Amid all the hand-wringing and soul-searching that higher education is going through about the value and the cost of a liberal arts education, we lose sight of one fundamental truth - it changes lives. For the better.
It makes young people think in new and different ways. It can be, quite simply, a transformative experience, and every year at commencement I see evidence of that when our students go out into the so-called "real world."
They are much different people from when they arrived on campus, and in my idealistic sort of way -- perhaps as a vestige of the 1960s -- I like to think they will make the world a better place. No, I'm convinced they will make the world a better place, and ultimately that hackneyed hope should be the goal of a liberal arts education: making the world a better place at the spot where your career lands you.
Almost 160 years ago, John Henry Newman in his work, "The Idea of a University," observed: "If then a practical end must be assigned to a University course, I say it is that of training good members of society. ... It is the education which gives a man a clear, conscious view of their own opinions and judgments, a truth in developing them, an eloquence in expressing them, and a force in urging them. It teaches him to see things as they are, to go right to the point, to disentangle a skein of thought to detect what is sophistical and to discard what is irrelevant."
Some 160 years later, the world is a much different place, but that goal is as relevant now as it was then. And a liberal arts education succeeds in doing that. I have seen proof. Let me share it with you.
For nine years, nursing student Alison Cubbellotti battled a rare liver disease called "primary sclerosing cholangitis" or PSC. After her brother, who was the perfect match for a transplant, was eliminated because of potential liver problems, Alison needed to find another donor. An anonymous Sacred Heart University student offered his liver for transplant. He was later identified as John Vales, who will forever remain Ali's Angel. After her surgery, the Edgerton Center held the "Ali's Angels" benefit concert to raise money and awareness for PSC. Stories like that aren't as rare as they may seem.
Olivia Durning works as a graduate student in the physical therapy program at Sacred Heart. As a Habitat for Humanity e-board member and trip participant for four years, Olivia has helped provide families with homes. When she entered graduate school, she wanted to continue this work outside of the United States. At that time, she decided to combine her love for physical therapy with her commitment to service, participating in a trip to Guatemala with a group of peers. Once there, she worked as a student physical therapist to provide a better quality of life for dozens of people.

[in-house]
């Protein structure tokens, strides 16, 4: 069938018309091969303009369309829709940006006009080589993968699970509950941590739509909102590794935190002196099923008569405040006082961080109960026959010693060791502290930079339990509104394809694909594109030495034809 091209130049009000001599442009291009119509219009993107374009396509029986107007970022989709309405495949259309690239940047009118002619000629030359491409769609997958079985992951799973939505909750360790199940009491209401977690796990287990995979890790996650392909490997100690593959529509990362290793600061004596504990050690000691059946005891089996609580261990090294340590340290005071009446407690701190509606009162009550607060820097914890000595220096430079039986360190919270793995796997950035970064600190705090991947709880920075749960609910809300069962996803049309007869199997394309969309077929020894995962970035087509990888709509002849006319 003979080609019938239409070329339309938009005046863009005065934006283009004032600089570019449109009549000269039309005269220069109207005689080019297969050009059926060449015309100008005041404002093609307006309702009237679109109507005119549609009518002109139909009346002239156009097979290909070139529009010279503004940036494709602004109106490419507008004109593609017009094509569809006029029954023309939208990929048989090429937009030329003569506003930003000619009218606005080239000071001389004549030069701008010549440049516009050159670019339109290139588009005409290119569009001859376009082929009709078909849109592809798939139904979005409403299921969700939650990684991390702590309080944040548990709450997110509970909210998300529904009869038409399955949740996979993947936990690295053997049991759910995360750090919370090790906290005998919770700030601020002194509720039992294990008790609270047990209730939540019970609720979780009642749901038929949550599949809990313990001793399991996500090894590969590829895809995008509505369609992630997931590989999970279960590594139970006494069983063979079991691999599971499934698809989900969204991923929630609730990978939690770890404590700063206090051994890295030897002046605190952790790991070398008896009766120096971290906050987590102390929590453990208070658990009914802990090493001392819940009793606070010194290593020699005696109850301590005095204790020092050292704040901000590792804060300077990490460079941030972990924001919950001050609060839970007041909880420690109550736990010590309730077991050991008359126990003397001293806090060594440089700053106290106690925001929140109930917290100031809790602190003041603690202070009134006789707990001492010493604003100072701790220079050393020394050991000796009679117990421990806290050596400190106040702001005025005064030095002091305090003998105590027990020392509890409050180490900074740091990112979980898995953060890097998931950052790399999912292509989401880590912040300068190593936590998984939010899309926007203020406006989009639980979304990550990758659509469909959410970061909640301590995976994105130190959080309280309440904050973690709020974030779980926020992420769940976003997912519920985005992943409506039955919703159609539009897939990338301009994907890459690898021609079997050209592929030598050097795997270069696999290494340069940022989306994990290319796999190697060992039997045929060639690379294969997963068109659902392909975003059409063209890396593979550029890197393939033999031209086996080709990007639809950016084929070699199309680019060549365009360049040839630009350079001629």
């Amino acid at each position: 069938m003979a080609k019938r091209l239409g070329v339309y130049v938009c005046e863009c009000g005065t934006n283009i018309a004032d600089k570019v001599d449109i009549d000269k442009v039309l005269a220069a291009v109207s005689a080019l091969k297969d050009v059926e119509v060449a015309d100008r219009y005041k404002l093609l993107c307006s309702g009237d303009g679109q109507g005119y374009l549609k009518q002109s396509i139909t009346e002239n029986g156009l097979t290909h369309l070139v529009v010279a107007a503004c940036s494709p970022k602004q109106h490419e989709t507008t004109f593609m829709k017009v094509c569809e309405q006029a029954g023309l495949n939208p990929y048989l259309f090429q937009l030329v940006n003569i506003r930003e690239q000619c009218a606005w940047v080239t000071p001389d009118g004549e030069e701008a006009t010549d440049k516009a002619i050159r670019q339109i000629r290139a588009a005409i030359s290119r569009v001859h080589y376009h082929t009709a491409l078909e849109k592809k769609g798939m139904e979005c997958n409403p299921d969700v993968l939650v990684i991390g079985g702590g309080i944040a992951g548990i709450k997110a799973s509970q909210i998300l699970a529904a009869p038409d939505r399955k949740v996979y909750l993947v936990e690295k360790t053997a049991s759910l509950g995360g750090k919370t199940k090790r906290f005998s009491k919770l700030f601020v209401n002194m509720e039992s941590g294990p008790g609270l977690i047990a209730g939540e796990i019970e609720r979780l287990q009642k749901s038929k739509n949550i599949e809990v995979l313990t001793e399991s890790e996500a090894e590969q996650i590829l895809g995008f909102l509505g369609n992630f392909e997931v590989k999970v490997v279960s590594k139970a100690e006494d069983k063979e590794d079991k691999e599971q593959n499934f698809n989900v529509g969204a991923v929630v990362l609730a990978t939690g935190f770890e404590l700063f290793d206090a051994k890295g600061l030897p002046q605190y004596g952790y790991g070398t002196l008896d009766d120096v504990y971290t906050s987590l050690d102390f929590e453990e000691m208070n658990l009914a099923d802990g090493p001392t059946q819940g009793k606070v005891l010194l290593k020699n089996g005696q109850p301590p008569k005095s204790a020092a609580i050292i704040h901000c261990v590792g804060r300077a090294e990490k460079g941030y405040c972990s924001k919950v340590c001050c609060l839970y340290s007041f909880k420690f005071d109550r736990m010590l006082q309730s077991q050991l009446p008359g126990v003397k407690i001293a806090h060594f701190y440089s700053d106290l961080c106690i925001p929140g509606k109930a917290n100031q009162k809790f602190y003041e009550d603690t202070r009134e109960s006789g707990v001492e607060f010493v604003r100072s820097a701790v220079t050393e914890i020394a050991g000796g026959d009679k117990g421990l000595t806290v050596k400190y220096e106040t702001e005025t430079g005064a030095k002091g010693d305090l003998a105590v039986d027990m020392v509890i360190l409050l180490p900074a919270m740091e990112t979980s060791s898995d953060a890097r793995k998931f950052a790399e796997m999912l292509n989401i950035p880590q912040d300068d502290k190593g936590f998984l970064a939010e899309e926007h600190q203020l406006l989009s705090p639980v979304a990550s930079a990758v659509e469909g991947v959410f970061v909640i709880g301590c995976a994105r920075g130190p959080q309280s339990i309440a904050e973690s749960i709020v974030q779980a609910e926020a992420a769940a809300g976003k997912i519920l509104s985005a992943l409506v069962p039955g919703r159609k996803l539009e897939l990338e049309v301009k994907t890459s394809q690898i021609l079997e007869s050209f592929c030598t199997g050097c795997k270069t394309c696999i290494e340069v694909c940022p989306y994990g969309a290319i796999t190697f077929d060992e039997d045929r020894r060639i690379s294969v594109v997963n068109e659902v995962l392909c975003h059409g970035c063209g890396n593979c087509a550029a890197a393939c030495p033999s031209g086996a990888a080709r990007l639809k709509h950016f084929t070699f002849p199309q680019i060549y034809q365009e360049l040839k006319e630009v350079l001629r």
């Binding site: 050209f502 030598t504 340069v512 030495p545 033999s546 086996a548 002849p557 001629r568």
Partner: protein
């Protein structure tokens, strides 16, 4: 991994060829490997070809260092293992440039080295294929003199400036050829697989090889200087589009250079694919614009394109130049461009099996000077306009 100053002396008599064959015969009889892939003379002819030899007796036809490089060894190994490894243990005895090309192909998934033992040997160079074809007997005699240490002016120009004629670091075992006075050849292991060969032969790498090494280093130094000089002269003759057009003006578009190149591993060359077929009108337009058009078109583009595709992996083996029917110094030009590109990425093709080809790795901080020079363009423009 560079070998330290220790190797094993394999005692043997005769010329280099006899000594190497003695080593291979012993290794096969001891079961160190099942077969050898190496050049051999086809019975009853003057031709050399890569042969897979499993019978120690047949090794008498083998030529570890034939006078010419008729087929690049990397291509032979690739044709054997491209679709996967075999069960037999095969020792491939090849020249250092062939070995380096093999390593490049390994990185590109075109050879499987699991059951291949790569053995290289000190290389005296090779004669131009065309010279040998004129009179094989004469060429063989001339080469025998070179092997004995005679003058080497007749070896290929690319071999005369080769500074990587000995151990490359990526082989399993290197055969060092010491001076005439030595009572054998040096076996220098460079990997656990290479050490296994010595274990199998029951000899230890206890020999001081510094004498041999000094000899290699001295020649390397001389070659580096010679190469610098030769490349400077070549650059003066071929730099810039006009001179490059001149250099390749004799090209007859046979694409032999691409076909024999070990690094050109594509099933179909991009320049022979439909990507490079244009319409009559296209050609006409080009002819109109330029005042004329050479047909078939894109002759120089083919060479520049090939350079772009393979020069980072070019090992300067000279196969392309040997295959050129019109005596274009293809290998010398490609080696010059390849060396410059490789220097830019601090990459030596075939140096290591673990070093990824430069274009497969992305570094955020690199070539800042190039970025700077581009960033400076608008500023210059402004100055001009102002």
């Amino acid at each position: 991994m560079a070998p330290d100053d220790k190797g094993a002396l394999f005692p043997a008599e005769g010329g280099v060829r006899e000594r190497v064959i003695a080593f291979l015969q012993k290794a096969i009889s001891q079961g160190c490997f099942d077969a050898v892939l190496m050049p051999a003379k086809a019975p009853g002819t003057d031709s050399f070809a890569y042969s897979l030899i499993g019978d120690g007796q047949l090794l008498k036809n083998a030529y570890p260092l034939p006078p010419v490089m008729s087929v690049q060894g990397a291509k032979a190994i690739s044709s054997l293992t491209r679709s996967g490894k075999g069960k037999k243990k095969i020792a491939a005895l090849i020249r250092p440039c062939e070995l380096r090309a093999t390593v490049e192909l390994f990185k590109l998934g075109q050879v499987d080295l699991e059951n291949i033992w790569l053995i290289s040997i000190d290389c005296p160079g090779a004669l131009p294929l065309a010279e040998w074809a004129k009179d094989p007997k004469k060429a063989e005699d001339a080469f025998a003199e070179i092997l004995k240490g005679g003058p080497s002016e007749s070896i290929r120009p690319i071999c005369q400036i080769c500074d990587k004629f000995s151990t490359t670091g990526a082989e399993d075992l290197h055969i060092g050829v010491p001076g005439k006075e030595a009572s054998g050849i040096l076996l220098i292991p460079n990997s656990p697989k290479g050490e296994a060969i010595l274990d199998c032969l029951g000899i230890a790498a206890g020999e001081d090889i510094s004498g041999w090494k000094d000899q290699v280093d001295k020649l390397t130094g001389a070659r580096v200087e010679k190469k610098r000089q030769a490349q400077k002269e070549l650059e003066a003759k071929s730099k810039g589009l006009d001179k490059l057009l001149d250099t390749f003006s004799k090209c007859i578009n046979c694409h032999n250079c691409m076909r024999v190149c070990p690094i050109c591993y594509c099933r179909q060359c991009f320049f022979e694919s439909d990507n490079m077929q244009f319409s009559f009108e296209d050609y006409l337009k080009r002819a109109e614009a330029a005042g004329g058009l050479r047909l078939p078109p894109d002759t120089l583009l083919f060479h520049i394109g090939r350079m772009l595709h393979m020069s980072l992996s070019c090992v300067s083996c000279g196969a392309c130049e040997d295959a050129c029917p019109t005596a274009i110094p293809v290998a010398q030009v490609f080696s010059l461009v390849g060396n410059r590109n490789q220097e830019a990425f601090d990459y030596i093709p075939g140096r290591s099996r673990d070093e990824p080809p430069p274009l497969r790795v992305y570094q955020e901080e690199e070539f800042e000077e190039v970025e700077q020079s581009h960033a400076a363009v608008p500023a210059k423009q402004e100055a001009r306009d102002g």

While at SHU, Mike Fazzino, who graduated magna cum laude in 2010 with a dual major of political science and business administration, founded the SHU Thrift Store. The award-winning non-profit sustainability project eliminated waste and provided cost-effective solutions for low-income residents in the Greater Bridgeport community. He built the store from the ground up and managed all operations, including scheduling, maintenance and management of nine employees. He also started SHU's ONE Campus chapter, turning it into one of the most successful in the nation.
Today, Mike is working for ONE, which is a grassroots campaign and advocacy organization backed by more than 3 million people who are committed to fighting extreme poverty and preventable disease, particularly in Africa. Co-founded by singer Bono of the band U2 and other campaigners, ONE works closely with African policy-makers and activists.
After traveling to Rwanda with ONE in the summer of 2010, Mike was hired as the ONE Campus Challenge coordinator, effectively charged with running the program that he had participated in for so long. In 2012, he was promoted to special assistant to the U.S. executive director and today, he has a new role as the U.S. Campaigns and Special Projects Manager at ONE.
One thing is certain: Young people who develop character and values during their college education understand that a liberal arts degree means more than a higher paying job. It is a passport to a different type of life. And along the way, they help others and make the world a better place. If that sounds like a trite goal, a remnant from the 1960s, believe me, it's not, because I see evidence of it every day.